The University of Nebraska announced today that it has begun a new campaign to raise awareness about Collegebound Nebraska, the tuition assistance program which guarantees that qualifying students can attend NU and pay no tuition.
Former Husker defensive star Prince Amukamara, a cornerback for the 2012 Super Bowl-winning New York Giants, will partner with the university in promoting the program through social media, advertising and school events. Joining Amukamara as the new faces of Collegebound Nebraska are a dozen NU student ambassadors who are pursuing their college and career dreams with the help of financial aid.
The campaign kicked off today with events at Omaha North High School and Lincoln High School. Amukamara, several student ambassadors and NU President James B. Milliken were featured speakers.
“My football talents allowed me to get a scholarship so I could pursue my goal of earning a college degree. But I want students to know that they don’t have to be an elite athlete to afford to go to college,” Amukamara said. “The University of Nebraska’s Collegebound Nebraska program puts college within reach for thousands of students in the state. I support this program and want to help more student and families learn about this amazing opportunity to attend the University of Nebraska and pay no tuition.”
Amukamara graduated from the University of Nebraska-Lincoln in 2010 with a degree in sociology. As a senior, he earned unanimous All-America honors to cap an outstanding career that included 181 tackles, four sacks and 27 pass breakups. Last year, he was selected in the first round of the NFL draft by the Giants.
Milliken said, “We are very pleased to have our alumnus, Prince Amukamara, and our outstanding student ambassadors serving as spokespeople for Collegebound Nebraska. Prince and the students will bring an additional level of visibility to this important program that helps the University of Nebraska fulfill its highest priority: affordable access for Nebraskans.
“Significantly increasing the college-going rate among Nebraskans is key to our ability to sustain a competitive, knowledge-based economy for our state,” Milliken added. “Programs like Collegebound Nebraska make higher education accessible for the people of Nebraska, and our goal is to help many more families take advantage of this tremendous opportunity.”
Collegebound Nebraska guarantees that any Nebraska undergraduate who qualifies for a federal Pell Grant and meets NU’s admission requirements can attend the university and pay no tuition. Generally, a student from a family of four with one in college and an income of about $53,000 or less will qualify for Collegebound Nebraska. A student must maintain a 2.5 grade point average to remain eligible for the program.
Collegebound Nebraska covers all of a student’s tuition costs, up to 30 credit hours per academic year, that are not covered by Pell funds or other grants or scholarships. To qualify for Collegebound Nebraska, students must complete the Free Application for Federal Student Aid (FAFSA) by April 1. No separate application is required.
In 2010-11, nearly 6,200 NU students qualified for the Collegebound Nebraska promise.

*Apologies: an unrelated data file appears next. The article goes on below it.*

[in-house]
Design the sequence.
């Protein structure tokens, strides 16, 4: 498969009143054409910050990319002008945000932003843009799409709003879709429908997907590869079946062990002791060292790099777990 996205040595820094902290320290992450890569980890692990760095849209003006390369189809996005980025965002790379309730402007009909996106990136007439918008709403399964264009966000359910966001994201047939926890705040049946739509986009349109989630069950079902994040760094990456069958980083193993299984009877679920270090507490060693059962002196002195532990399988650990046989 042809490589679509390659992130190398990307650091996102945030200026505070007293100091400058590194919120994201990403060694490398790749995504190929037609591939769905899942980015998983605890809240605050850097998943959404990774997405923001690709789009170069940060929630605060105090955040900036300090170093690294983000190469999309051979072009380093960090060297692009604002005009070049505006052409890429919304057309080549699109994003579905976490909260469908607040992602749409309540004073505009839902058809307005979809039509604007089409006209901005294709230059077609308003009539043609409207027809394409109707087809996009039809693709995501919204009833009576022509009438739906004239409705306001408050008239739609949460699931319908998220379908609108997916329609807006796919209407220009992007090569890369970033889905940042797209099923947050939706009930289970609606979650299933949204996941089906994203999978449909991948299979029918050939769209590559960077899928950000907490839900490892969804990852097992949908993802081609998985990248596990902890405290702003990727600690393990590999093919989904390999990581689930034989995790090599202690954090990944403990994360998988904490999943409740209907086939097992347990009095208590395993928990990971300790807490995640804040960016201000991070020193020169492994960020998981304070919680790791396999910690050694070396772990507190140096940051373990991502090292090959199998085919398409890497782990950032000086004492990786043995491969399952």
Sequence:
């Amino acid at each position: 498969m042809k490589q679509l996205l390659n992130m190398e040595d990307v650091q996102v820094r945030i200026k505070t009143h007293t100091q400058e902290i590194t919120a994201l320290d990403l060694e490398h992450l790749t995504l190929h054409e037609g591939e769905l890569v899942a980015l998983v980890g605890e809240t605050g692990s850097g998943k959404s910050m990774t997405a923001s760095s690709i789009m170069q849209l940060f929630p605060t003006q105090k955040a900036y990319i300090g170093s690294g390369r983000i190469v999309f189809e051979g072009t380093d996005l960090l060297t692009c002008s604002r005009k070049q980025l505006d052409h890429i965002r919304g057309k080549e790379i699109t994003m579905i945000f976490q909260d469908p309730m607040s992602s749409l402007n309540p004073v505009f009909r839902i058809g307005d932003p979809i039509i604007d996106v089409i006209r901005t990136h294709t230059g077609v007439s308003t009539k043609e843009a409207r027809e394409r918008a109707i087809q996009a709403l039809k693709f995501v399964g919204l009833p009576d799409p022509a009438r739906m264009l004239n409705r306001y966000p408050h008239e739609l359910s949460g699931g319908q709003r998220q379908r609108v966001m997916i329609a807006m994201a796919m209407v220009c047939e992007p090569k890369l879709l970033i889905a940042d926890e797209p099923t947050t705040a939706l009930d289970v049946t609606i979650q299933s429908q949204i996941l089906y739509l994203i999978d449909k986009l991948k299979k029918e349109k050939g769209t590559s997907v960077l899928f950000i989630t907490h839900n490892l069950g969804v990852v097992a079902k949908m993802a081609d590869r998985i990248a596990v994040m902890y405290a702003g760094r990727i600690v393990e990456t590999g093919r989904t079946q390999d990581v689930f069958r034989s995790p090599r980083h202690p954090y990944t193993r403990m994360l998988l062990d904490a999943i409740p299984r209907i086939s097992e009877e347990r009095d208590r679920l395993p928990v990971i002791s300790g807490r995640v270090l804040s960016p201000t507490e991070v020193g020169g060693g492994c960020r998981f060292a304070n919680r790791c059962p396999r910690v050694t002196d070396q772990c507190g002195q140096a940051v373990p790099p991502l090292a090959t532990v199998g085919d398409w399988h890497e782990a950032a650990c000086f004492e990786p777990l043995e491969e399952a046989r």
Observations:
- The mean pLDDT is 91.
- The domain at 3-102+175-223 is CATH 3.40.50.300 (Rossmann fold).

Sandy Ngo, a freshman nutrition sciences major at the University of Nebraska-Lincoln who is pursuing her dream of working in the medical field with support from Collegebound Nebraska, spoke today at Lincoln High School, her alma mater. “My parents left Vietnam to give their children educational opportunities that they never had, so I have always dreamed of going to college,” Ngo said. “But for my family, the cost of a college education was a potential roadblock. This is where Collegebound Nebraska comes in.”
Sharon Ward, a freshman at the University of Nebraska at Omaha studying athletic training, spoke at Omaha North, where she graduated last year. “Combined with my other scholarships, Collegebound Nebraska has made higher education much more accessible for me,” Ward said. “Without it, my family and I would be facing major financial burdens. I’m grateful a program like this exists so that I can devote myself to my education and campus involvement instead of worrying about how to pay for college.”
Lana Koziol, a University of Nebraska at Kearney junior from Cedar Rapids, Neb., who is studying recreation management, said: “Taking the time to fill out the FAFSA is really important. It allowed me to qualify for Collegebound Nebraska and get an on-campus work study position while attending college. UNK has been a great fit for me, and I am proud to be a role model for my younger brother, who is now in the middle of his own college search.”
Ngo, Ward and Koziol are among the new Collegebound Nebraska student ambassadors. The ambassadors, representing NU’s three primarily undergraduate campuses, all are receiving financial aid through the program and will help promote it to their peers and prospective students. The other nine are:
- Casey Wilson, a UNO sophomore from Loup City studying speech communications.
- Isis Hernandez-Troche, a UNO sophomore from Omaha studying biology, French and Spanish.
- Will Gottner, a UNO sophomore from Bellevue studying biology.
- Tabitha Paul, a UNK sophomore from Gothenburg studying family studies.
- Tara Nienhueser, a UNK junior from York who is undecided on her major.
- Freddy Gomez, a UNK freshman from Omaha studying industrial distribution.
- Misam Ali, a UNL senior from Lincoln studying finance.
- Brianna Foster, a UNL sophomore from Omaha studying broadcast journalism.
- Donovon Allen, a UNL freshman from Bellevue studying psychology.
Contact: Melissa Lee
(402) 580-3297 (cell)